As already mentioned above, changes in the mean ocean temperature field, especially vertical stratification, directly influence positive feedbacks through the terms including (T¯/x) and ah in the Bjerknes index definition [Eq. (1)]; in addition, they can influence the equatorial wave dynamics (and hence βu and βh) through the efficiency of wind energy transfer to the thermocline (Dewitte 2000; Brown and Fedorov 2010; Brown et al. 2011). These two terms represent the mean state change, and it is worth looking into the causes of their changes. In the NH-15/SH-5 run the zonal temperature gradient change largely results from the thermocline deepening in the west induced by the enhanced zonal wind stress. The weaker eastern Pacific stratification also results from the equatorial zonal wind change and induces a strong surface cooling (Fig. 4).

In the two meridional wind experiments, the zonal and vertical temperature gradient change might be due in part to the residual zonal wind stress as commented above. However, a better understanding could be gained if we examine an eastern Pacific meridional section (Fig. 8c, here an average between 150°–90°W is used). The mean temperature change along this section exhibits a quadrupole pattern with cooling south of the equator and warming north of the equator near the ocean surface, but an opposite pattern at around the depth of the thermocline. Apparently, the near-surface temperature changes arise as a direct response to the induced wind stress changes and heat flux forcing: cooling south of the equator is due to the intensified winds and imposed negative heat flux, while the opposite is true north of the equator. The temperature changes at depth are dynamically consistent with the induced mean anomalies in wind stress curl (Fig. 8a) and the subtropical cells (Fig. 8b): a positive change in wind stress curl induces downwelling (upwelling) anomalies south (north) of the equator and hence positive (negative) mean temperature anomalies around the thermocline.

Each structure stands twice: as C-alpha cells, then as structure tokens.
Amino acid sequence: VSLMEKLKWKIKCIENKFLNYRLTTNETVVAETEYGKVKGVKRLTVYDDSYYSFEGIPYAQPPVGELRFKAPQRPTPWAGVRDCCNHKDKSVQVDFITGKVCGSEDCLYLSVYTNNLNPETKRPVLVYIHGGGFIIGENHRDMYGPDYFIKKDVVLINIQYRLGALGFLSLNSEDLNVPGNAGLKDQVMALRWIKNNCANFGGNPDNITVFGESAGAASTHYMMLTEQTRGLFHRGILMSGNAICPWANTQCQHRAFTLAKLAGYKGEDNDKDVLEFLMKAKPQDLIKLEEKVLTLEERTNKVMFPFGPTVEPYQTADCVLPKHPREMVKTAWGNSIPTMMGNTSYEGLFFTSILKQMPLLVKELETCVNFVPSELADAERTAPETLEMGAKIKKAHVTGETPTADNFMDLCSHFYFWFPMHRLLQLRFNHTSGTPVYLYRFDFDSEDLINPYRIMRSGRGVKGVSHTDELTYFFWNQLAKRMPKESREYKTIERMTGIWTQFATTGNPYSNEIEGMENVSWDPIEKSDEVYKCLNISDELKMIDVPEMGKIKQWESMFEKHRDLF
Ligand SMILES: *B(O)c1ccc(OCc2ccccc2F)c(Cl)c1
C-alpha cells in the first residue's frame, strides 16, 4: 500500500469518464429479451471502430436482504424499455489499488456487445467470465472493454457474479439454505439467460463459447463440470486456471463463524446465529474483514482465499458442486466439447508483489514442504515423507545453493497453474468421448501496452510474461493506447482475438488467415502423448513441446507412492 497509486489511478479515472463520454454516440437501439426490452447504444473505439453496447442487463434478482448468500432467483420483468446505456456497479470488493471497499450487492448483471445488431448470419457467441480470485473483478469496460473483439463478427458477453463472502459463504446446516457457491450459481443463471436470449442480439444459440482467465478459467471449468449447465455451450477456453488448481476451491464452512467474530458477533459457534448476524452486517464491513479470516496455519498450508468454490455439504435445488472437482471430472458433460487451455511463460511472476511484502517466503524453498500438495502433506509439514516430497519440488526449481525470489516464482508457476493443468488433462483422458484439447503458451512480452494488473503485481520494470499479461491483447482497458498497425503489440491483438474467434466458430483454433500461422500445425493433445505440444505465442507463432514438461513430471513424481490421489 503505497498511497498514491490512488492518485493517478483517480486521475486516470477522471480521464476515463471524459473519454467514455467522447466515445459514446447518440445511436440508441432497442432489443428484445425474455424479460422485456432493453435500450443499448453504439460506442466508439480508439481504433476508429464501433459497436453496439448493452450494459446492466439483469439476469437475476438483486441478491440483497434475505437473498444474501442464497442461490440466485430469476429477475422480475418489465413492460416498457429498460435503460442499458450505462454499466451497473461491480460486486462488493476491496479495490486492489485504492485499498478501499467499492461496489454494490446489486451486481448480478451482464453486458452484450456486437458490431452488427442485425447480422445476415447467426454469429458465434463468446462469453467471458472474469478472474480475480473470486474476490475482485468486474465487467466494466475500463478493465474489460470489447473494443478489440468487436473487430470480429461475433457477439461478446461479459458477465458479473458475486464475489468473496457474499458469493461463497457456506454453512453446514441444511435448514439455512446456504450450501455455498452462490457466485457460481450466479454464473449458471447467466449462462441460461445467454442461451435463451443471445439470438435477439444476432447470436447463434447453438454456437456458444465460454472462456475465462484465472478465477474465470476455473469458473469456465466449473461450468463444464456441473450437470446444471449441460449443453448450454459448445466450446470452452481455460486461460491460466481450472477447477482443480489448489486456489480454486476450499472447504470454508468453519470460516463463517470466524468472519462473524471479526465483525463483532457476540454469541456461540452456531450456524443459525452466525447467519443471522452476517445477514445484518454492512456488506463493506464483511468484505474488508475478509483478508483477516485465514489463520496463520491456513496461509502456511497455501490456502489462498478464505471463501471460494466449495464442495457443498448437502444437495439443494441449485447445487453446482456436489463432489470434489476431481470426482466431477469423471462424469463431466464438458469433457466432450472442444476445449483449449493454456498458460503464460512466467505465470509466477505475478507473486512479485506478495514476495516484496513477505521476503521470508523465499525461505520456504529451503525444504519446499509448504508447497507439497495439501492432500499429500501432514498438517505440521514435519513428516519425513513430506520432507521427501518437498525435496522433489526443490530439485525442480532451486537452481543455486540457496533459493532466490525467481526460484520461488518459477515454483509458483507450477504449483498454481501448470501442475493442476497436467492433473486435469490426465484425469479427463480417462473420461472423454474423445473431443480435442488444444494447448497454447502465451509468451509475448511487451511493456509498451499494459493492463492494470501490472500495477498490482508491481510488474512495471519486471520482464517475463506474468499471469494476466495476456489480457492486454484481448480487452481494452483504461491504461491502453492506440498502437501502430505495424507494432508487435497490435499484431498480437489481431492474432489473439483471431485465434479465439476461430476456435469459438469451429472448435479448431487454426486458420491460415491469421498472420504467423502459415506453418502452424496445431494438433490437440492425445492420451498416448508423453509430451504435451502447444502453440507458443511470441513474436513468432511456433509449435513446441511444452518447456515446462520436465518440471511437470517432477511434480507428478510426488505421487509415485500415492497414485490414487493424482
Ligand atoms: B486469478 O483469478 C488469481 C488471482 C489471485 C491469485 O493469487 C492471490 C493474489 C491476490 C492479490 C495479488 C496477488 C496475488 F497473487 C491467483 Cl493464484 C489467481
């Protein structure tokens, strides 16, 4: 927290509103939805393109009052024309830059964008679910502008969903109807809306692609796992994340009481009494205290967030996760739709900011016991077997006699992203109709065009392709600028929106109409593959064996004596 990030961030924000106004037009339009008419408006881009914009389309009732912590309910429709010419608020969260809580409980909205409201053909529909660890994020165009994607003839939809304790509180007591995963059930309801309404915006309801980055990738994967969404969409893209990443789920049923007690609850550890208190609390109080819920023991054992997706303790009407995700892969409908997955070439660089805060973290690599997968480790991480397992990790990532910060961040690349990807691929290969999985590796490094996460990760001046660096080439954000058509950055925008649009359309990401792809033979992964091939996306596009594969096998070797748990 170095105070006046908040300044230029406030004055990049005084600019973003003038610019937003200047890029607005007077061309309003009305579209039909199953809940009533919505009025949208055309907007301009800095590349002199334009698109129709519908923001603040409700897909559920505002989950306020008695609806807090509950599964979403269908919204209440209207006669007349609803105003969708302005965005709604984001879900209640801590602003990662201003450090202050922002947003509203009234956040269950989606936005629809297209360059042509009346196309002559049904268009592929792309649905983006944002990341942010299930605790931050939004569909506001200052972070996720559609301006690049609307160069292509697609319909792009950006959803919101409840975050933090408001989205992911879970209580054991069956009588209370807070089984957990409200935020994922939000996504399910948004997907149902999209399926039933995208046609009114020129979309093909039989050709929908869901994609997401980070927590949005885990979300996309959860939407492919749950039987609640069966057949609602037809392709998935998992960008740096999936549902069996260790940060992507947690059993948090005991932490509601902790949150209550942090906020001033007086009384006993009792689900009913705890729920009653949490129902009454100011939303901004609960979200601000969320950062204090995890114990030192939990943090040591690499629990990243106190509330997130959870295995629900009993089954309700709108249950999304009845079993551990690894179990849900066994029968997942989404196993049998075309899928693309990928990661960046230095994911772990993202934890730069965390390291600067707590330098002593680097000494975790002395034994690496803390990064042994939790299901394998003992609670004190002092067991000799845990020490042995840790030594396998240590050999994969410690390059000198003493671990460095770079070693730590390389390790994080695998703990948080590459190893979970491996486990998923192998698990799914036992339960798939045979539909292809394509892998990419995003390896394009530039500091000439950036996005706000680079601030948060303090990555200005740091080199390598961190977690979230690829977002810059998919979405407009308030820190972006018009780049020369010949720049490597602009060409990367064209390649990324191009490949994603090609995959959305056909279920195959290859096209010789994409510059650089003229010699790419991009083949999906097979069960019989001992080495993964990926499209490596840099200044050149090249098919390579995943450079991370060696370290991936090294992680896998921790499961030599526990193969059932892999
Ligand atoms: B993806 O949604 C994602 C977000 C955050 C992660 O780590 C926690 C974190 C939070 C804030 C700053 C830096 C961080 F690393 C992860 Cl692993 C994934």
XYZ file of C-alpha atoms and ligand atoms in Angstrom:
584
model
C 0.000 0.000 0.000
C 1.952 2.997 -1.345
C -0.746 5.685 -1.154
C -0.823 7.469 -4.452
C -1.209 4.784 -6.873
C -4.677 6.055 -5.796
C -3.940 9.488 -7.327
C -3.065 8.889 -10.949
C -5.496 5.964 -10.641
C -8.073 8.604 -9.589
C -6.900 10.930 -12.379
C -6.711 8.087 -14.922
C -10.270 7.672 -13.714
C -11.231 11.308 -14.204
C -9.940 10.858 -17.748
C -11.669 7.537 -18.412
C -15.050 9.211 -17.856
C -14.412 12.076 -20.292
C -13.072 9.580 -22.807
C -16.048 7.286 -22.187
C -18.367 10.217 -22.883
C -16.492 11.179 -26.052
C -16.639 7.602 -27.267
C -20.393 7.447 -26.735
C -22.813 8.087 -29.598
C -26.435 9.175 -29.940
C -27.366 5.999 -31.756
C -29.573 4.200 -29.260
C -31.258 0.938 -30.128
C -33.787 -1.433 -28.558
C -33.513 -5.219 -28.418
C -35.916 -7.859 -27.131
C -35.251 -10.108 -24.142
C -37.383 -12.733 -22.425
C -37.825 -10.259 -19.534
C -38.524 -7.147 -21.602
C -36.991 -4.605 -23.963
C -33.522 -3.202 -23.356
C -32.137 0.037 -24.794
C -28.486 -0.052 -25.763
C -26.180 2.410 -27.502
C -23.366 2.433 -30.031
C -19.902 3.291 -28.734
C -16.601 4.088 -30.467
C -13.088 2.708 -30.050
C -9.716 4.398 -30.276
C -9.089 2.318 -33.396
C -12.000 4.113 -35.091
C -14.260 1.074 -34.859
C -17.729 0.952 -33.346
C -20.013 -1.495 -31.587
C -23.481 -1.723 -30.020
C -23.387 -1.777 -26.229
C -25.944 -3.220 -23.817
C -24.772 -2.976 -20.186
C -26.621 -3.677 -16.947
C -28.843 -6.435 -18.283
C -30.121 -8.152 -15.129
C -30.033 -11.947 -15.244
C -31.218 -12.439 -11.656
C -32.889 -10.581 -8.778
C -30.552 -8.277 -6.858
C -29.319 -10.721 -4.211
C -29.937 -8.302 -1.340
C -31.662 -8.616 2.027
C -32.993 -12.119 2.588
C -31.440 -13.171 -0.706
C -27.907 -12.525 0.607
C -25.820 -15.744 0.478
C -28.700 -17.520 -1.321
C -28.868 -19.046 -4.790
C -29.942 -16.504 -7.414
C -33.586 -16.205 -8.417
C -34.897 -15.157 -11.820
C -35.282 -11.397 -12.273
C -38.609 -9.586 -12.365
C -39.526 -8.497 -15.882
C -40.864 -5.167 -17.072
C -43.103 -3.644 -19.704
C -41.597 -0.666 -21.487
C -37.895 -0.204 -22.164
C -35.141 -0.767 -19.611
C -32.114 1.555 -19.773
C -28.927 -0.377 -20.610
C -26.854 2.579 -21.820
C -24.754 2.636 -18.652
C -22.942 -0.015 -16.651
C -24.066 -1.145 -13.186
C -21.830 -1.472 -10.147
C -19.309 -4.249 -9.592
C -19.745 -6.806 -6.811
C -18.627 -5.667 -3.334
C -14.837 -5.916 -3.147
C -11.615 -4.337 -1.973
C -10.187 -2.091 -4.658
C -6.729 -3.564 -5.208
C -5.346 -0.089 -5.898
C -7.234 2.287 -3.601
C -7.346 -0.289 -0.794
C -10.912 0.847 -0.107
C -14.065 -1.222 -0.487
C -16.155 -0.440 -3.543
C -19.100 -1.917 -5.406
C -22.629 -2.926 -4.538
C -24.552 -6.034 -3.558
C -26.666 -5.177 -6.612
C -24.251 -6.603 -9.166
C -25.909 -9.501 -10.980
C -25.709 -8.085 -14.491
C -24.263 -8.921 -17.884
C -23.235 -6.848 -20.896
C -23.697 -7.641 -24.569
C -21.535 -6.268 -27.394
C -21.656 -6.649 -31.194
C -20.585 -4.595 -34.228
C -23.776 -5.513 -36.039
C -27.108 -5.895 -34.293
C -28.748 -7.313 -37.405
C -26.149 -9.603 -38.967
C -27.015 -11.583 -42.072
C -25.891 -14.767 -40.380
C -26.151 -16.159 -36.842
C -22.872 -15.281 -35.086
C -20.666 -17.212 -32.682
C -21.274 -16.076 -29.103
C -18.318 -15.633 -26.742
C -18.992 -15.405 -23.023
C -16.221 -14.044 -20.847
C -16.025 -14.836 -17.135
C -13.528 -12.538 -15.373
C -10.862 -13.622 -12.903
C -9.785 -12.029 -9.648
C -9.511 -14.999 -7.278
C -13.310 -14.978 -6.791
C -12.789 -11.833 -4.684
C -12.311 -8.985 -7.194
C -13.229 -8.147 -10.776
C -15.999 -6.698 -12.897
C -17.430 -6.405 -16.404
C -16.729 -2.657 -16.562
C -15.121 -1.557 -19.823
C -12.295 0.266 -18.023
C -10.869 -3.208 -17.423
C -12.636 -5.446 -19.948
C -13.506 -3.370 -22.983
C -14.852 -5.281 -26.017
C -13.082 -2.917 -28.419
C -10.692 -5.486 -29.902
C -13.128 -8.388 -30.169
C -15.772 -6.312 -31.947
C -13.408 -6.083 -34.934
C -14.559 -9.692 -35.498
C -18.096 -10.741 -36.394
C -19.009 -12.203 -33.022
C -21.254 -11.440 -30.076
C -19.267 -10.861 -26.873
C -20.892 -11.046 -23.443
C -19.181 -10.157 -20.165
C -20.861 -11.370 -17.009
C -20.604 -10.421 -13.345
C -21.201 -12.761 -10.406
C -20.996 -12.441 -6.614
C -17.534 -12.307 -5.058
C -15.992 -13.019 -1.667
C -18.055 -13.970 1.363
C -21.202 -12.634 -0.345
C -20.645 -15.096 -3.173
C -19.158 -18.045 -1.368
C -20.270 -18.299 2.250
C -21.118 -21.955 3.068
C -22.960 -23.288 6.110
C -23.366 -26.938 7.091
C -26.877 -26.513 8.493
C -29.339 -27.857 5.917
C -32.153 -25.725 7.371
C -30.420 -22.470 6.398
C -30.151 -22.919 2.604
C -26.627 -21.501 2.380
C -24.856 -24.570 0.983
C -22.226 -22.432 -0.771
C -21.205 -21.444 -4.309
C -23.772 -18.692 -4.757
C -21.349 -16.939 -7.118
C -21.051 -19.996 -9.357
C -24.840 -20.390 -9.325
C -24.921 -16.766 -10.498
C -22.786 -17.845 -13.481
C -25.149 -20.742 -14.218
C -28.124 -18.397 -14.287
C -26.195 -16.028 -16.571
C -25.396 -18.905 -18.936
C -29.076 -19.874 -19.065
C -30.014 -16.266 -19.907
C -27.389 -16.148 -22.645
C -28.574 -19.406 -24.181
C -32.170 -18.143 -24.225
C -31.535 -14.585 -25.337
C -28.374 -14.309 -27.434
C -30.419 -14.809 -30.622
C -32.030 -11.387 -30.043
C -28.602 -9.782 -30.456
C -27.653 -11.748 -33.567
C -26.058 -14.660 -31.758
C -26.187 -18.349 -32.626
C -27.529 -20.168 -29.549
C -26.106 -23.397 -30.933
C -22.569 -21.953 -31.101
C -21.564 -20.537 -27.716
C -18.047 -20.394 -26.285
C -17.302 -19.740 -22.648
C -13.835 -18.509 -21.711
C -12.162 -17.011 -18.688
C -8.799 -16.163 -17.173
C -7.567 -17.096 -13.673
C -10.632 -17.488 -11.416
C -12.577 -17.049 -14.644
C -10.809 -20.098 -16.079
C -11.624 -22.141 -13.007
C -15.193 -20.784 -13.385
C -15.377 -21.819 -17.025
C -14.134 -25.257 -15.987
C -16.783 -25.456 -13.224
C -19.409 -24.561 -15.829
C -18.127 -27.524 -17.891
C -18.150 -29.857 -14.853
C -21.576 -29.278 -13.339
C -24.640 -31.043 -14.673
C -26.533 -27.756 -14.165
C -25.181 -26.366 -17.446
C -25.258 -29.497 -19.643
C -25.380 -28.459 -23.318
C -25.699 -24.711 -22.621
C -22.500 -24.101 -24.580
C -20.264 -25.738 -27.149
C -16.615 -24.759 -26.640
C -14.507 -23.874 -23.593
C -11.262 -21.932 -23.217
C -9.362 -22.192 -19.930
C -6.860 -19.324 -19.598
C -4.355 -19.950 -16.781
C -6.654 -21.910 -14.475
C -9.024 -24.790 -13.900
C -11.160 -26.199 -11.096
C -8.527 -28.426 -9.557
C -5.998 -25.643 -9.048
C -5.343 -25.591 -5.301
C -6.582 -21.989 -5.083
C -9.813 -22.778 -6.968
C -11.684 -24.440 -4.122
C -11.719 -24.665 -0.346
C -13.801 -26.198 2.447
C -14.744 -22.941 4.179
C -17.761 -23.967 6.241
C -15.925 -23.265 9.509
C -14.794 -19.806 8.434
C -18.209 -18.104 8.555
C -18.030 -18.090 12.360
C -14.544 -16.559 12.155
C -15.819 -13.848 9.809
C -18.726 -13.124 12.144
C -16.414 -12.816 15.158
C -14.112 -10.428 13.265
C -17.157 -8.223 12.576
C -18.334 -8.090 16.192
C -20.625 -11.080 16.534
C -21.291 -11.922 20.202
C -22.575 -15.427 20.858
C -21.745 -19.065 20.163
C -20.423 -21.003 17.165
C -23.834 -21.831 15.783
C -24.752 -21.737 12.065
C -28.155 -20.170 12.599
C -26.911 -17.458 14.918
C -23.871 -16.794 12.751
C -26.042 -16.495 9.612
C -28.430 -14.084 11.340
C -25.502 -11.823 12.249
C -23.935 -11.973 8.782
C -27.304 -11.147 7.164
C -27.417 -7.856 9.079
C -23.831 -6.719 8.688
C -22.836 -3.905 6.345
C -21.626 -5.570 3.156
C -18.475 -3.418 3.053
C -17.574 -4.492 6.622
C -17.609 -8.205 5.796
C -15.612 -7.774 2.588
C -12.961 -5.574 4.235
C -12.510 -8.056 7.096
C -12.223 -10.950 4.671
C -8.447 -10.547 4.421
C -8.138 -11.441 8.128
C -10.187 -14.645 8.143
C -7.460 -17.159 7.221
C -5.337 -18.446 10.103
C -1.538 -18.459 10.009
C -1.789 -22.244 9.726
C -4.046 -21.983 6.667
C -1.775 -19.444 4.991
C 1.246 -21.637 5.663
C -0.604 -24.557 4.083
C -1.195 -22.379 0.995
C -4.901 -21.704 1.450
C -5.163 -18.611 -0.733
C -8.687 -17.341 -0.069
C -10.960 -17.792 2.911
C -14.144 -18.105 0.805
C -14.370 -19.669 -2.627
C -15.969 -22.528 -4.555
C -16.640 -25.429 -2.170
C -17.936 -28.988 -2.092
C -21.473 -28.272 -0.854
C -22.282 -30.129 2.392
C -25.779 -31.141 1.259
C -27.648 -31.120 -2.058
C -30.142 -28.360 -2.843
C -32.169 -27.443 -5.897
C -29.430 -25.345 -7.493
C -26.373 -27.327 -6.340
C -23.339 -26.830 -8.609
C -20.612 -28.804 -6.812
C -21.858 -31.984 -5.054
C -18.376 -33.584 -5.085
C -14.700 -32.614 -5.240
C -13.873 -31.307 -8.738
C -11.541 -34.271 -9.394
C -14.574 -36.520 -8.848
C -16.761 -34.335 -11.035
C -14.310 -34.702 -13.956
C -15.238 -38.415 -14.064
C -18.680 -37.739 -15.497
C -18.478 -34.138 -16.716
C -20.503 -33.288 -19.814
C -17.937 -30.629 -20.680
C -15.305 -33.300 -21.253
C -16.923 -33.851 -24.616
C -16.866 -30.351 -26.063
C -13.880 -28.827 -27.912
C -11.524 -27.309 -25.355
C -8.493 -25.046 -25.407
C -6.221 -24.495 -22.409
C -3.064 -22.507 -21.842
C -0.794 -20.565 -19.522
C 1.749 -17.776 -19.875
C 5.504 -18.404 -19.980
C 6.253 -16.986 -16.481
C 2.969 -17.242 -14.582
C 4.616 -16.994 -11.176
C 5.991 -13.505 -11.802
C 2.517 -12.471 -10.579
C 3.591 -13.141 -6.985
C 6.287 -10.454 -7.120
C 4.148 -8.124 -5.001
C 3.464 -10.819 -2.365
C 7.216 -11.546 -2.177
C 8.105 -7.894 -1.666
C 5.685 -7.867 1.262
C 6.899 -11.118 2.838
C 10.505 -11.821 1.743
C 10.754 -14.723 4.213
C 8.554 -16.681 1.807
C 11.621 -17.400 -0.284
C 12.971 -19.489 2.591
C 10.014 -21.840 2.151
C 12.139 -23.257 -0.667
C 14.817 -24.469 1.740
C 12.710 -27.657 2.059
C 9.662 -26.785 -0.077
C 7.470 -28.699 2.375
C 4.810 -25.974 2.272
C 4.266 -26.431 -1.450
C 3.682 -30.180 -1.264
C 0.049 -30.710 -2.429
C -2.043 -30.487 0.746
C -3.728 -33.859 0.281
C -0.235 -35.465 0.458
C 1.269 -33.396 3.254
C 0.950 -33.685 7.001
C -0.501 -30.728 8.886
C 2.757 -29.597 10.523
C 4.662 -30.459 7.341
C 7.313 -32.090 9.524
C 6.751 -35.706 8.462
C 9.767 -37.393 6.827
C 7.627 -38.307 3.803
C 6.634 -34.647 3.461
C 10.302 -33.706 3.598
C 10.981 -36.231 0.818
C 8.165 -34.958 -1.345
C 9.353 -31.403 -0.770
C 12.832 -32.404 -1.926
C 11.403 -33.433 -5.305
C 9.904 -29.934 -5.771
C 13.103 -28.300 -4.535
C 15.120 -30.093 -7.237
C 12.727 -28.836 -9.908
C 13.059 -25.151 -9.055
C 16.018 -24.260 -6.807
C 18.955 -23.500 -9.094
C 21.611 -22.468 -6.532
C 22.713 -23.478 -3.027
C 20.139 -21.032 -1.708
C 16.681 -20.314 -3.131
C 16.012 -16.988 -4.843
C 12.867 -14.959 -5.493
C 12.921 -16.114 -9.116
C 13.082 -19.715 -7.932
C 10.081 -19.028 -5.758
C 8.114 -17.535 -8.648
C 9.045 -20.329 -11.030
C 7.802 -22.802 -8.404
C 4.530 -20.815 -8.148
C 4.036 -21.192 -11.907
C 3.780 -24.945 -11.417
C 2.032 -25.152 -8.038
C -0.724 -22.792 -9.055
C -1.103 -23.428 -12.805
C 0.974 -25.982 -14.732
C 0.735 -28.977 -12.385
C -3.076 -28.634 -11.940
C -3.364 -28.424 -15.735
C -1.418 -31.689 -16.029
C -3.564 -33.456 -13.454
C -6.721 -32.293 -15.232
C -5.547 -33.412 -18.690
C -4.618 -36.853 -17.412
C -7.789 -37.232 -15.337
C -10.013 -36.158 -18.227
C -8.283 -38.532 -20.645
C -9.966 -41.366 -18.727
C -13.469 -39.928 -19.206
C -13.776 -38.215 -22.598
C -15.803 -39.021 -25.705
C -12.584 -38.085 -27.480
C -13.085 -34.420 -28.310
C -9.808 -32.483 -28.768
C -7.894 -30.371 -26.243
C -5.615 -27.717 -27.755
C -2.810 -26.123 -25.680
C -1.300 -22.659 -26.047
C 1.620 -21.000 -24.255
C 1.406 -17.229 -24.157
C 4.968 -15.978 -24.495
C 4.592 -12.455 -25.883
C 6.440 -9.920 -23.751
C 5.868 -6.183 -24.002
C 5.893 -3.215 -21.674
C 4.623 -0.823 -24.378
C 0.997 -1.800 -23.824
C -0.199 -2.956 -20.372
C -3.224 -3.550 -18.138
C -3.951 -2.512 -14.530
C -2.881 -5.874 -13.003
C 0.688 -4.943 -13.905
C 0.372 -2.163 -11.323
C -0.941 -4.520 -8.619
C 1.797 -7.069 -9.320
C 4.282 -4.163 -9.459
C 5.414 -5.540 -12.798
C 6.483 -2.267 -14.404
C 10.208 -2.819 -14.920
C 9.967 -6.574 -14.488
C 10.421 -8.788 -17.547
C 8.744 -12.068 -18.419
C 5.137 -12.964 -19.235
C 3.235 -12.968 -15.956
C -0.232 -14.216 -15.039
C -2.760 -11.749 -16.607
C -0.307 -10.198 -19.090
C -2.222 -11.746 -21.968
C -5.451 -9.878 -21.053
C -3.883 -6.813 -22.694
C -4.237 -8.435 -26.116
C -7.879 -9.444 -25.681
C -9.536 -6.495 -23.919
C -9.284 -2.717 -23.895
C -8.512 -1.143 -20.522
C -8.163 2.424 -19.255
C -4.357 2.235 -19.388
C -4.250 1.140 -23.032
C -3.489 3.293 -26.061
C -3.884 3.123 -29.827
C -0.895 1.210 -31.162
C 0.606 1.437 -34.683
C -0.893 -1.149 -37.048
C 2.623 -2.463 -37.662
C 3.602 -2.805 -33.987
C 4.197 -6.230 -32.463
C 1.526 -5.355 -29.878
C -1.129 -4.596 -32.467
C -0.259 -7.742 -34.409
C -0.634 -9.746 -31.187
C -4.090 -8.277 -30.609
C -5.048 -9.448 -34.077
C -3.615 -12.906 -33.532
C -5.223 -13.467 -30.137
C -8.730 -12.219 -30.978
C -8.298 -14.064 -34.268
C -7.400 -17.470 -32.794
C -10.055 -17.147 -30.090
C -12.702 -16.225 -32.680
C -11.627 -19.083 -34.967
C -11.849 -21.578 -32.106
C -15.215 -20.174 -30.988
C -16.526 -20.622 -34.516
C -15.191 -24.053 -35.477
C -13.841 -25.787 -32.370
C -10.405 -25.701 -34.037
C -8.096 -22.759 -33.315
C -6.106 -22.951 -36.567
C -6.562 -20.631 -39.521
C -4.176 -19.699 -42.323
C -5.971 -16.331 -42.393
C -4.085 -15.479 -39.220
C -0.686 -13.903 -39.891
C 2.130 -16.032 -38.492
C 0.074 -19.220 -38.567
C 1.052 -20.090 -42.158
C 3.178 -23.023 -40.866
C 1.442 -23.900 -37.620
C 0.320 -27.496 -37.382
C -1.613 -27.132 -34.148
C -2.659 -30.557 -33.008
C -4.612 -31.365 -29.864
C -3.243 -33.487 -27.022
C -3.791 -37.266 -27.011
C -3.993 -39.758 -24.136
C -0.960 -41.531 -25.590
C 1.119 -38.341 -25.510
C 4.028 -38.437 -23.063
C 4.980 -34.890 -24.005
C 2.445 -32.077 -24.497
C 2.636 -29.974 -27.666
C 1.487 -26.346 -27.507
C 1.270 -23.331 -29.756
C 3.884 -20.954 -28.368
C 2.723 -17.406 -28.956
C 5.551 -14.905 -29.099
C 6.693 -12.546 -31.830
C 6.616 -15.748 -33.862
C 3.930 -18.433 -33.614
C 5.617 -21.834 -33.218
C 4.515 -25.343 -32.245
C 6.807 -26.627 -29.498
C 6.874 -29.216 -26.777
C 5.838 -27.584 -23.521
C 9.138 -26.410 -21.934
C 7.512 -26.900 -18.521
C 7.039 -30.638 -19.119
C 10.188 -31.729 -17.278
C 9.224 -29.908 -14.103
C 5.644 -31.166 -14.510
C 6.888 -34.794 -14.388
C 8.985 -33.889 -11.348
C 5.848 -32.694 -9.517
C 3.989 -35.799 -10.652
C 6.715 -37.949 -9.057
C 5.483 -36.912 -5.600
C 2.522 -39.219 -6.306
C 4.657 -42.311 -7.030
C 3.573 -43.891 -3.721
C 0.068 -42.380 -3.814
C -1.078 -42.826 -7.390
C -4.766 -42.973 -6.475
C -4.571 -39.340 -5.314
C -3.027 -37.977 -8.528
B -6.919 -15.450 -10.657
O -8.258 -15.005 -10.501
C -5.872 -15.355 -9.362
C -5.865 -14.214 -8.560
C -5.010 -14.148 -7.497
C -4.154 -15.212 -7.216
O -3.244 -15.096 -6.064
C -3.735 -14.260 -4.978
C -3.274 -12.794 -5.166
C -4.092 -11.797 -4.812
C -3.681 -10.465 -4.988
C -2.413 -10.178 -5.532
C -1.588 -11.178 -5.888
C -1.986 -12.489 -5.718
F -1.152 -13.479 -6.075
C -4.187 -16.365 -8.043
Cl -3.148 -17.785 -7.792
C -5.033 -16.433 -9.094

Note however that the quadrupole pattern is not perfectly symmetric: the temperature anomaly north of the equator is shallower than that south of the equator. Recall that temperature anomalies resulting from anomalous upwelling/downwelling should be located around the depth of mean vertical temperature gradient maximum (i.e., the thermocline). Therefore, the temperature anomalies being shallower north of the equator is a result of the mean thermocline being shallower there, which in turn results from a large climatological wind stress curl (and mean upwelling) associated with the ITCZ. When averaged over the equatorial band (5°S–5°N), this asymmetry in the mean temperature change yields the cold core right above the thermocline in the eastern equatorial Pacific seen in Fig. 4. On the other hand, as the mean temperature field is quite symmetric with respect to the equator in the western Pacific, temperature anomalies there have similar depth (not shown), which explains why the cold mean temperature anomalies are confined to the eastern Pacific.